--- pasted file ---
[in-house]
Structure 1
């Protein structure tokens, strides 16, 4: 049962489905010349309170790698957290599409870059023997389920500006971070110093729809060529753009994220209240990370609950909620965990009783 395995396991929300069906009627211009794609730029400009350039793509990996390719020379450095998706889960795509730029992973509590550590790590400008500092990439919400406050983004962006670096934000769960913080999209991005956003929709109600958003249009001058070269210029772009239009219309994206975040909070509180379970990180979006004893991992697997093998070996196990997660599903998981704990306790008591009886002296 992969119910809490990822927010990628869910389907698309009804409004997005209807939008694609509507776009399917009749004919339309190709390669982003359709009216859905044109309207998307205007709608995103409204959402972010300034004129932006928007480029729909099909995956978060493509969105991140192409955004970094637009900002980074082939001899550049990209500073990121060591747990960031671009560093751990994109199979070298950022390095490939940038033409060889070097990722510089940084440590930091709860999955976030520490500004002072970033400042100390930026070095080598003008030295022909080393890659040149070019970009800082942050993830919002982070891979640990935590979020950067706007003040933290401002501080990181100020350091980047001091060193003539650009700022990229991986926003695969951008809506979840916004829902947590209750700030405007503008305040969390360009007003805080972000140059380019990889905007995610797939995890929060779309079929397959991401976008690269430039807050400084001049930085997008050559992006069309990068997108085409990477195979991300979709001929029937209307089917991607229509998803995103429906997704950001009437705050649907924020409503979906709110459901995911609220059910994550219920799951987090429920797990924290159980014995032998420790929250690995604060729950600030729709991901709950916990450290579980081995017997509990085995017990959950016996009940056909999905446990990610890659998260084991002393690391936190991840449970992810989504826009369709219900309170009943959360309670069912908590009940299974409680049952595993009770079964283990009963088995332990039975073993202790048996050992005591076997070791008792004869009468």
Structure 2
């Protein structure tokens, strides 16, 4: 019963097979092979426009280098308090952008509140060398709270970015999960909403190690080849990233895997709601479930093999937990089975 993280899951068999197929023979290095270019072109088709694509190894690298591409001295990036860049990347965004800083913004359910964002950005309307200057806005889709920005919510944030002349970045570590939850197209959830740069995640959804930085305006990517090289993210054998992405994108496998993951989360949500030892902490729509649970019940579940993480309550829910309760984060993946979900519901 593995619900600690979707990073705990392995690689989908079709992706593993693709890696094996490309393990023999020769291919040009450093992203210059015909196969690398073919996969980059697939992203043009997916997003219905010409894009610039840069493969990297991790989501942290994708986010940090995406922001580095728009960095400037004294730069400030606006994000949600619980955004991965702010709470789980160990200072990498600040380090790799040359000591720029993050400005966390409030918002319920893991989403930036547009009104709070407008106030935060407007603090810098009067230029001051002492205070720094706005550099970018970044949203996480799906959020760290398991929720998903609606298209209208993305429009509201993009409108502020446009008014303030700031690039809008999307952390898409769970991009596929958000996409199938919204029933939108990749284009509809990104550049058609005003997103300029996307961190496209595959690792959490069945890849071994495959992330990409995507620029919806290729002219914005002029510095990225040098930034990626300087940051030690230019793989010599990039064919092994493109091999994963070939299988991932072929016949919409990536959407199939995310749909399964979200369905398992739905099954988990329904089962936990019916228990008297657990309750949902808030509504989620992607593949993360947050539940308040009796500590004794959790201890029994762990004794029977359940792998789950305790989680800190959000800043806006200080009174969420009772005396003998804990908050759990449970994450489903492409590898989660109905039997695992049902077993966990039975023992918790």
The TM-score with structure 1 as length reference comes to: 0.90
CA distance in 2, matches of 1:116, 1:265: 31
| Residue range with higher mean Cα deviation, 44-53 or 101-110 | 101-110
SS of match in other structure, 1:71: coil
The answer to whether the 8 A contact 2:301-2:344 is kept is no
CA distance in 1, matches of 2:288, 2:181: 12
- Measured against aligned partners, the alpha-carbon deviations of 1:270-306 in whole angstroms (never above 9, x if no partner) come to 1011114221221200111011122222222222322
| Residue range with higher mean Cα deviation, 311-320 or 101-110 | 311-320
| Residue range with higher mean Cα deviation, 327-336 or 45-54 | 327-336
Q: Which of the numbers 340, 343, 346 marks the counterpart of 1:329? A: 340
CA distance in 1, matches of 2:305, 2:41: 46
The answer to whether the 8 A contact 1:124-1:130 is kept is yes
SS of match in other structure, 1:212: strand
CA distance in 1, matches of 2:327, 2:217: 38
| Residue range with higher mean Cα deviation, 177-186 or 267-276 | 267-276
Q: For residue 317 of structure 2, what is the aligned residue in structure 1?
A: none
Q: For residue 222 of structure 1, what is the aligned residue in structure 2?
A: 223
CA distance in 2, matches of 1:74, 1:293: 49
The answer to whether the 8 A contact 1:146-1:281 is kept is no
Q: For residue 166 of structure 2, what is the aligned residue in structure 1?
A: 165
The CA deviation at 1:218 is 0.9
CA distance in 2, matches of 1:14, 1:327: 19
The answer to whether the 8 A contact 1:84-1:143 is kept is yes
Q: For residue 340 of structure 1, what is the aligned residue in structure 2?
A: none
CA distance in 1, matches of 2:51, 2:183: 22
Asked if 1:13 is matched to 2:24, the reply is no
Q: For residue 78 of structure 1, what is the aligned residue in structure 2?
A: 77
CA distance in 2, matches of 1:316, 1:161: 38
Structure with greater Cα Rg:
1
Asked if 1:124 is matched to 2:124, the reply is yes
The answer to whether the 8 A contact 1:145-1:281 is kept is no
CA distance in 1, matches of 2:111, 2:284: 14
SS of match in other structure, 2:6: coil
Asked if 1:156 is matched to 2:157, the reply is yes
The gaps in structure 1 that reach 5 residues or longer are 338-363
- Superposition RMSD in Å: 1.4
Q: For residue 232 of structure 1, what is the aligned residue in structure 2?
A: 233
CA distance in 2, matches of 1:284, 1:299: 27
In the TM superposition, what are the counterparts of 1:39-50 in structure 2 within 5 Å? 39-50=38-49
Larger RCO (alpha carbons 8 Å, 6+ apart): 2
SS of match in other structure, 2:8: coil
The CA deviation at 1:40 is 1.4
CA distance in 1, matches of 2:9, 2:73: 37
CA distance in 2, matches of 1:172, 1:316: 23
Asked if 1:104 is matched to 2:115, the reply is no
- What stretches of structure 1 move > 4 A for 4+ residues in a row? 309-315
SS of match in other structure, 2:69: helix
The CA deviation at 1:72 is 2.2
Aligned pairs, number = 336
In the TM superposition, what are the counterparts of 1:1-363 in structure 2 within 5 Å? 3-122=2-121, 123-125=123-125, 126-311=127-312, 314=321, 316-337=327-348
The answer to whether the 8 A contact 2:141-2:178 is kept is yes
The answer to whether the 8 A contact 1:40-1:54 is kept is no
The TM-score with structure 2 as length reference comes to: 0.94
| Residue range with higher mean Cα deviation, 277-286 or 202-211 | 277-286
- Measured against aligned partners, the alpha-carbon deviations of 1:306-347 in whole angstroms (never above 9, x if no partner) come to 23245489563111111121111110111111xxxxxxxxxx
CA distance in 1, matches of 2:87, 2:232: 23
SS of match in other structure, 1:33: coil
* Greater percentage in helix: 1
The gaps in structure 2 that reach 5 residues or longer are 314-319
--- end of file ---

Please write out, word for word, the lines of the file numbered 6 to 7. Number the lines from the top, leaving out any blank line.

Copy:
The TM-score with structure 1 as length reference comes to: 0.90
CA distance in 2, matches of 1:116, 1:265: 31